Cookies help us deliver our Services. By using our Services, you agree to our use of cookies. Learn More.

The Original Street Fighter Arcade Cabinets Had Punchable Pads Instead Of Buttons

"Street Fighter" is one of the longest-running video game series of all time. Not only has the series lasted so long, but it also has a special place in many gamers' hearts as their favorite fighting game series of all time. When the original 2D fighter "Street Fighter" landed in arcades in 1987, it wowed gamers with its impressive graphics and gameplay. The gameplay was so superb, in fact, that it spawned five mainline sequels, with "Street Fighter 6" launching in 2023. However, despite some similarities in gameplay, the original "Street Fighter" looks much different than "Street Fighter 6."

Over the course of its lifetime, the series has evolved in some major ways. In addition to obvious graphical improvements, the "Street Fighter" series would eventually introduce new mechanics in its sequels that changed up the formula. As it turns out, the starting point for the series was much different than many realize and could have seriously altered the series' trajectory if Capcom had left it the way it was. 

As long-time "Street Fighter" fans may know, the original arcade cabinets took the idea that the stronger player wins seriously, with players having to use their fists to score points.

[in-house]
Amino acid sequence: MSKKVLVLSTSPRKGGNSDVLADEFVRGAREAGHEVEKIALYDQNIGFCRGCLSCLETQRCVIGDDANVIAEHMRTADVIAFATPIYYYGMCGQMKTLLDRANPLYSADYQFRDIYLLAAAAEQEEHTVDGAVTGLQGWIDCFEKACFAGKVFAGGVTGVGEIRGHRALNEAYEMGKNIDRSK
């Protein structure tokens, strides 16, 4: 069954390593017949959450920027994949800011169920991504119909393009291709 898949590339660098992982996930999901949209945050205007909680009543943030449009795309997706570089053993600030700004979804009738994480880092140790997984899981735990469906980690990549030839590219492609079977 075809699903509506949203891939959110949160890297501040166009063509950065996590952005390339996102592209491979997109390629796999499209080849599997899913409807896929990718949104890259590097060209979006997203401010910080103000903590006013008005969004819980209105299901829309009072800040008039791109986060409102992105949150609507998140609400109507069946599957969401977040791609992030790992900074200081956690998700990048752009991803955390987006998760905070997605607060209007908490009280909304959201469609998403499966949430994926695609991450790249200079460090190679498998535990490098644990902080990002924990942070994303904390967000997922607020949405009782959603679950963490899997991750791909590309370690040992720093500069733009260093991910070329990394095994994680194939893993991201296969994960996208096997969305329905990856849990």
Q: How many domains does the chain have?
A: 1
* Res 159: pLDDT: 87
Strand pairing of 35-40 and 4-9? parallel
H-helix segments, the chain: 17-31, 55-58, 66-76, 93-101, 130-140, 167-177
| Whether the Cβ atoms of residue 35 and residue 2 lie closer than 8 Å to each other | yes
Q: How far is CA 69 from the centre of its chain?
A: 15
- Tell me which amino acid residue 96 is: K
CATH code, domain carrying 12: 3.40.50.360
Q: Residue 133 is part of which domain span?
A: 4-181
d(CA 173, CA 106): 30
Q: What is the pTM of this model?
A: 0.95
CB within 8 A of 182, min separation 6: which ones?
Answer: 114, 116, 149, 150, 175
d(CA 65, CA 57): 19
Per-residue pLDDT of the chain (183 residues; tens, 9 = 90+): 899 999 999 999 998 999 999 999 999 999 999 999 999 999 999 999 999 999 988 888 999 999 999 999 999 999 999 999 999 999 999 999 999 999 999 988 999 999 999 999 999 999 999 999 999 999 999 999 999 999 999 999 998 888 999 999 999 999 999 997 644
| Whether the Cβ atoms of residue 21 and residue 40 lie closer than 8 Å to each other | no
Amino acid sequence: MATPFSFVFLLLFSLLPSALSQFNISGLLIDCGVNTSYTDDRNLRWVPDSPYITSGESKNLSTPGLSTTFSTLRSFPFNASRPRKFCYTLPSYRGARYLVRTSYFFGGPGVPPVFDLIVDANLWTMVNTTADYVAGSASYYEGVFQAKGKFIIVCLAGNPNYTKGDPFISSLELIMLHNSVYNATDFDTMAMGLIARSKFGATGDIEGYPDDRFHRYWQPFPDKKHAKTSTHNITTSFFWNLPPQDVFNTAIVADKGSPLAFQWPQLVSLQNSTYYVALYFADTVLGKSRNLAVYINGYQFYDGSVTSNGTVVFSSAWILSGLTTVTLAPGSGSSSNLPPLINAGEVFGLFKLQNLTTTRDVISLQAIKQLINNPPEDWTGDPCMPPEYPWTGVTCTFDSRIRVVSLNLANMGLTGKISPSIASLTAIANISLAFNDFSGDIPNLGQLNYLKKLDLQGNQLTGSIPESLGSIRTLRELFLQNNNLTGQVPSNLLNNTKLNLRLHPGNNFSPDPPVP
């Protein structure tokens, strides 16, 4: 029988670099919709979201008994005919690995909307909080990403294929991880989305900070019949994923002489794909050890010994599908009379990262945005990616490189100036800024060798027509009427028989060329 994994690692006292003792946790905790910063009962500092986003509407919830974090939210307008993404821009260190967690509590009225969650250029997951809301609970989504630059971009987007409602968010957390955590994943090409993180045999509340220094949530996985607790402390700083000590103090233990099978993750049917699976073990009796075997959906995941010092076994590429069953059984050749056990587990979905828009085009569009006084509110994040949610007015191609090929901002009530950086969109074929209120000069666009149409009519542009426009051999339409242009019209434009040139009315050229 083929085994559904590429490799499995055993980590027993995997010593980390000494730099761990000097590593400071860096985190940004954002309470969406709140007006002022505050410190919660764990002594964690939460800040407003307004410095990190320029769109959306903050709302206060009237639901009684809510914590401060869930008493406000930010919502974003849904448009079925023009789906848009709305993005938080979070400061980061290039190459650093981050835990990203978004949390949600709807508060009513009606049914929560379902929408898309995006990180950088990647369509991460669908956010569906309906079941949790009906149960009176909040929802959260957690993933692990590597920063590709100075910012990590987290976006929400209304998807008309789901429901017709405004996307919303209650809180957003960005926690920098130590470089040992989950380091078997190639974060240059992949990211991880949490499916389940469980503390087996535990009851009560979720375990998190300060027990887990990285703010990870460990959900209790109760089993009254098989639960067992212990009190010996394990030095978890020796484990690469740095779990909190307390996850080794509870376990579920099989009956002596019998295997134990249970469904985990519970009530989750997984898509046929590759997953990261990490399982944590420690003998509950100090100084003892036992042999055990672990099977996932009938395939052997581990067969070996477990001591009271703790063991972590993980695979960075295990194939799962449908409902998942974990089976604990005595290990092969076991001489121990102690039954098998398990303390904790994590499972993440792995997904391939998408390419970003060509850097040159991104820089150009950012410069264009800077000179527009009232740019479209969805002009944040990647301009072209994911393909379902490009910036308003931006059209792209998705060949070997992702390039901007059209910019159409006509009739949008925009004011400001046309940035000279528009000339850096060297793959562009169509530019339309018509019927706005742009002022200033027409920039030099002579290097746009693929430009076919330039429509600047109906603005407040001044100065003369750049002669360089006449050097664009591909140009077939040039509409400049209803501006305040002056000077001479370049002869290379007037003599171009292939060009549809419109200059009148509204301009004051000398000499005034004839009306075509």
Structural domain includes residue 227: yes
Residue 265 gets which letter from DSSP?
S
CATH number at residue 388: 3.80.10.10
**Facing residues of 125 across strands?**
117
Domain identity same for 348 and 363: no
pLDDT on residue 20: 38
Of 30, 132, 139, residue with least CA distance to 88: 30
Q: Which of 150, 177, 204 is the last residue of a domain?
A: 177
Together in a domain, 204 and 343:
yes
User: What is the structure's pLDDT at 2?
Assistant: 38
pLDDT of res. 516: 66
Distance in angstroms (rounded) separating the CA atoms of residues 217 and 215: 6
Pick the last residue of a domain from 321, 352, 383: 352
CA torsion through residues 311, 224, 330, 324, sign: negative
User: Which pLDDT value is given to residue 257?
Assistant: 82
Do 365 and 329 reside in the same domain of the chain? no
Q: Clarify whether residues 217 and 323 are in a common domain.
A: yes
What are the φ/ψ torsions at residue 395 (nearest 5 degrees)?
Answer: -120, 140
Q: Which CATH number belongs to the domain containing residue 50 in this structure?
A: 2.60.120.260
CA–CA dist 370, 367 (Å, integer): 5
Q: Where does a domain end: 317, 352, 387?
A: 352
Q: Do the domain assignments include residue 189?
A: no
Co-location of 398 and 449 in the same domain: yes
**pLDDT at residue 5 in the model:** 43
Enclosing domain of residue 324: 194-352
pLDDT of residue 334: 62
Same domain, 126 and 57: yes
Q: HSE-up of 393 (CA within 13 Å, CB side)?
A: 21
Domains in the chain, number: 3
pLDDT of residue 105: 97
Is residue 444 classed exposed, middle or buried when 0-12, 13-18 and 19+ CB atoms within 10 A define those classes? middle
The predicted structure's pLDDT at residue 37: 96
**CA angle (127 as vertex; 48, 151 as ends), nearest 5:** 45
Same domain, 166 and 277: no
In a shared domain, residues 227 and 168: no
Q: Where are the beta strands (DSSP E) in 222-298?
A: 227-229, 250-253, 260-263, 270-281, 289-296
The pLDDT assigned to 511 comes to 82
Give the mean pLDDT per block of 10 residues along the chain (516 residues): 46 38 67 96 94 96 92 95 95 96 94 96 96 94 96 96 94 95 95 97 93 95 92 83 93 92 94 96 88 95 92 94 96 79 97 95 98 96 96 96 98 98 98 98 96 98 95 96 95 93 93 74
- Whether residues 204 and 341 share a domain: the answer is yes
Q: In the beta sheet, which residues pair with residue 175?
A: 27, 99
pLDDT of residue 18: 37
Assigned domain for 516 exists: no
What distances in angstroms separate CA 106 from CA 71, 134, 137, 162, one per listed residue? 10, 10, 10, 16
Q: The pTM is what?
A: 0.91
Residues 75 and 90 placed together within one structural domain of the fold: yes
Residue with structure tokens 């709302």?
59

Ryu wasn't the only one throwing punches

Old-school gamers may remember "Street Fighter" as a very different game. Those who approached a "Street Fighter" cabinet in 1987 would notice that the cabinet had no buttons to attack with. Instead, the cabinet had two punch pads and a joystick for each player. One punch pad was for punches, and the other one was for kicks. There were still three attack levels, light, medium, and heavy, like in subsequent "Street Fighter" games. However, because there were no buttons, the strength of the attack was determined by how hard the player hit the pad, meaning players had to perform a heavy punch of their own to see the move in-game (per Polygon).

Shortly after it hit arcades, some reported rumors that gamers were getting injured from punching the pads too hard, although these claims are hard to validate (per EventHubs). According to reports, the pads also caused problems for arcade owners as they were very prone to breaking (via IGN). Capcom would eventually opt to replace the punch-pads with a six-button control pad that has since become a staple of the series. Although punch-pads may have seemed like a good idea at the time, the six-button control scheme proved to be much more successful, and the switch seems to have paid off.